Spain's government unveiled Thursday a 2013 budget that tightens austerity even in the teeth of growing protests, easing the path to a widely expected sovereign bailout, AFP reports.
The 2013 budget rakes in 39 billion euros ($50 billion) in spending cuts and tax increases so as to curb the public deficit despite a recession, a jobless rate of nearly 25 percent and soaring debt repayments.
Only old-age pensioners were spared in the slew of cuts, aimed at ensuring Spain complies with its commitment to the European Union to get the public deficit under control.
"It is a budget for a period of crisis, but aimed at getting out of this crisis," Deputy Prime Minister Soraya Saenz de Santamaria told reporters after a cabinet meeting.
Defying market scepticism, Madrid vowed to slash the deficit from a blowout figure of 8.9 percent of economic output last year to 6.3 percent this year, 4.5 percent in 2013 and 2.8 percent in 2014.
"It is a major commitment to reducing the public deficit but also oriented towards economic growth and creating employment" Budget Minister Cristobal Montoro told journalists.
The focus is on spending cuts, the government said.
Expenditure by ministries is lowered by 8.9 percent, public sector salaries are frozen for the third year running and the regions, which pay for health and education, must find seven billion euros in savings.
But retirement pensions are expected to go up by one percent, sticking to a key pre-election promise of Prime Minister Mariano Rajoy's conservative government.
One other big item going up next year, however, is the cost of servicing Spain's public debt: interest payments are forecast to leap 33.8 percent to 38.6 billion euros.
With nearly 25 percent of the workforce jobless, social security spending accounts for nearly two thirds of the nation's expenditure.
In addition to boosting sales and income taxes, the government agreed to tax lottery winnings above 2,500 euros at 20 percent, extend wealth taxes and curb corporate tax breaks for depreciation.
Structural reforms in the budget, agreed with Brussels, included cutting red tape and fresh moves to liberalise markets such as telecommunications and energy.
To reassure markets of Spain's determination to meet its deficit-cutting targets, the government announced it would create an independent fiscal authority to check any budget slippages.
-- Brussels and Catalonia weigh in --
The formulation of the 2013 budget, to be followed by the release of an audit of Spain's sick banking system on Friday, is seen on the markets as one of the final acts before a sovereign bailout.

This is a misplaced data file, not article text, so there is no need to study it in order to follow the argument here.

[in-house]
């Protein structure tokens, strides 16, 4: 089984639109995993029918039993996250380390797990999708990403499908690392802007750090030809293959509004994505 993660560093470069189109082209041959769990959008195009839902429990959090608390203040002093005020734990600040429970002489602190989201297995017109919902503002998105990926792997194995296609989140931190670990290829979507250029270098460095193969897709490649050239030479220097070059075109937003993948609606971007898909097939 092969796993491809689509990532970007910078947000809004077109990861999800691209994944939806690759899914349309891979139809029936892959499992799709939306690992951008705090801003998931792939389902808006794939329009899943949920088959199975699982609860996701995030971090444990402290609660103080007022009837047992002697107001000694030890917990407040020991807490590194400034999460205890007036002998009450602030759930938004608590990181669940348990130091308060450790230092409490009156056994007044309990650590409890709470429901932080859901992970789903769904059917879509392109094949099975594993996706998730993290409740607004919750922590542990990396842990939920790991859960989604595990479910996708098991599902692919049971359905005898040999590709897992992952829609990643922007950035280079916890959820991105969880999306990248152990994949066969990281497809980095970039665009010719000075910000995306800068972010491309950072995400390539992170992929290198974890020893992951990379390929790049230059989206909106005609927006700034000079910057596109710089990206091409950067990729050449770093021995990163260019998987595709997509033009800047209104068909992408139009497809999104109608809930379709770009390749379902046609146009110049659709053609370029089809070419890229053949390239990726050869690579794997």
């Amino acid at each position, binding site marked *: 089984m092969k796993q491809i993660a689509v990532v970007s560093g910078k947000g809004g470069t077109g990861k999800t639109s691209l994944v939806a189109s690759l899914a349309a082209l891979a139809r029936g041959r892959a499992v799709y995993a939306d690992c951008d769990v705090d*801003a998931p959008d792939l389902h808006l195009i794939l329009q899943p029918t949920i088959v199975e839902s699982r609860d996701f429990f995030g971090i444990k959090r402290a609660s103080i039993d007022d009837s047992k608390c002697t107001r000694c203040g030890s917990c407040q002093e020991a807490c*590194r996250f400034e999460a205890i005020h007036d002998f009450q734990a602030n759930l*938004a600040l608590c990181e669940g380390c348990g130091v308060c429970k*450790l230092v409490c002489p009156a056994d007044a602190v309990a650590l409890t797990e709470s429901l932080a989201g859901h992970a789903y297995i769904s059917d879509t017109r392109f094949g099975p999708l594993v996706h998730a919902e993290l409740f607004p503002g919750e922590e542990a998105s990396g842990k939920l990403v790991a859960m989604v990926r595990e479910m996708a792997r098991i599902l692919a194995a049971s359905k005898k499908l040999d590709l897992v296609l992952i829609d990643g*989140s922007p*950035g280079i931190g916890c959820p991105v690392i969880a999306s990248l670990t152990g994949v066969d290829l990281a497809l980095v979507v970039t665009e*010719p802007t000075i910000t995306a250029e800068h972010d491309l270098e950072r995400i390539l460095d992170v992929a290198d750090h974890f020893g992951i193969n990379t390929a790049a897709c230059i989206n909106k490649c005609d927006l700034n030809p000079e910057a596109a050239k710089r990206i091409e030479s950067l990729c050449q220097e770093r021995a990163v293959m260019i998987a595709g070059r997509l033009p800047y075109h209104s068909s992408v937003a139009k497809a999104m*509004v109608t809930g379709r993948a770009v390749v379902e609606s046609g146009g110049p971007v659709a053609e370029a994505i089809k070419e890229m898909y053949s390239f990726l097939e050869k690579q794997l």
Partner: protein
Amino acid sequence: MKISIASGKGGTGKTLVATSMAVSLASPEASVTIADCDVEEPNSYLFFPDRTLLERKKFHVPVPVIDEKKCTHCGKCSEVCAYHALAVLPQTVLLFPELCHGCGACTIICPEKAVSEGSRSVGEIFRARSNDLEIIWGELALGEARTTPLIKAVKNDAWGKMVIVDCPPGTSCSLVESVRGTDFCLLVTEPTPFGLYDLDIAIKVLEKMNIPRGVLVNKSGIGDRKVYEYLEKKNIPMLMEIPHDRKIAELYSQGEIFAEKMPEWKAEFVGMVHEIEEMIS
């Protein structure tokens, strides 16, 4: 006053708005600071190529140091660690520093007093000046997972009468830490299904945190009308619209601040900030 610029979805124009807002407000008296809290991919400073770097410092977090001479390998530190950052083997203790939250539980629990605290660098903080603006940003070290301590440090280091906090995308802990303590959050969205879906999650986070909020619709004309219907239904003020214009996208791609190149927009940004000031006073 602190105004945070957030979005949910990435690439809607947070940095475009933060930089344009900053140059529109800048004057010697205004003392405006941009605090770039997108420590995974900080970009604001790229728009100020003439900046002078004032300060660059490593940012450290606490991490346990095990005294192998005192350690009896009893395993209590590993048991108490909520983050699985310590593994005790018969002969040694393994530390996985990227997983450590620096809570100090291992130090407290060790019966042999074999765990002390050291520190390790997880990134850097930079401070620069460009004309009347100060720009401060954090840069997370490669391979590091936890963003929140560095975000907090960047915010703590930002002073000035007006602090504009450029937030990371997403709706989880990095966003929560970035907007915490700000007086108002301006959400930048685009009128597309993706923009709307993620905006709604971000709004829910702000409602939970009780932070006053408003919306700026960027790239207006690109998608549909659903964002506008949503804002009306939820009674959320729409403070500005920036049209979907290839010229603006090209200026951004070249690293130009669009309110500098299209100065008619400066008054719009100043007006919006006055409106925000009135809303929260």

The eurozone has already agreed to extend a rescue loan of up to 100 billion euros for a banking system bogged down by bad loans that piled up after a 2008 property crash.
If Spain formally requests a broader sovereign bailout, it would become eligible to benefit from a bond-buying programme for troubled states, as outlined by the European Central Bank on September 6.
That would curb Spain's borrowing costs, but to qualify Madrid would have to apply for help from the European Stability Mechanism -- and submit to its conditions.
Importantly, Brussels welcomed the budget.
The European Union's economics chief, Olli Rehn, said it was "a major step to broaden and deepen structural reforms" and praised its "concrete, ambitious and well-focused measures".
US stock markets scored solid gains Thursday after Spain's announcement -- and amid speculation of additional stimulus measures from China.
The Dow Jones Industrial Average was up 73.03 points (0.54 percent) at 13,486.54 in closing trade.
On Friday, Tokyo stocks followed, opening 0.41 percent higher.
But Spain's problems appeared to be multiplying.
Investors are deeply concerned about political tensions between Madrid and the northeastern Spanish region of Catalonia, which has called snap elections on November 25 in a drive for more independence.
The debt-struck region's parliament Thursday voted for referendum on Catalonia's "collective future", but Madrid has vowed to thwart any attempt to hold a poll on Catalan independence.
The regions' debt situation is perilous, forcing many to apply for help from an 18-billion-euro central government liquidity fund.
Castilla-La Mancha asked for 848 million euros on Thursday, adding to earlier requests from Catalonia, Valencia, Andalusia and Murcia that already amount to a total of about 15 billion euros.
If Spain has to foot the bill for restructuring of its banks, its overall sovereign debt will rise and its deficit-cutting task will become even more urgent.
Thousands of protestors rallied near the Spanish parliament for a second straight night over the austerity measures Wednesday, and there were more protests Thursday over the impact of education cuts.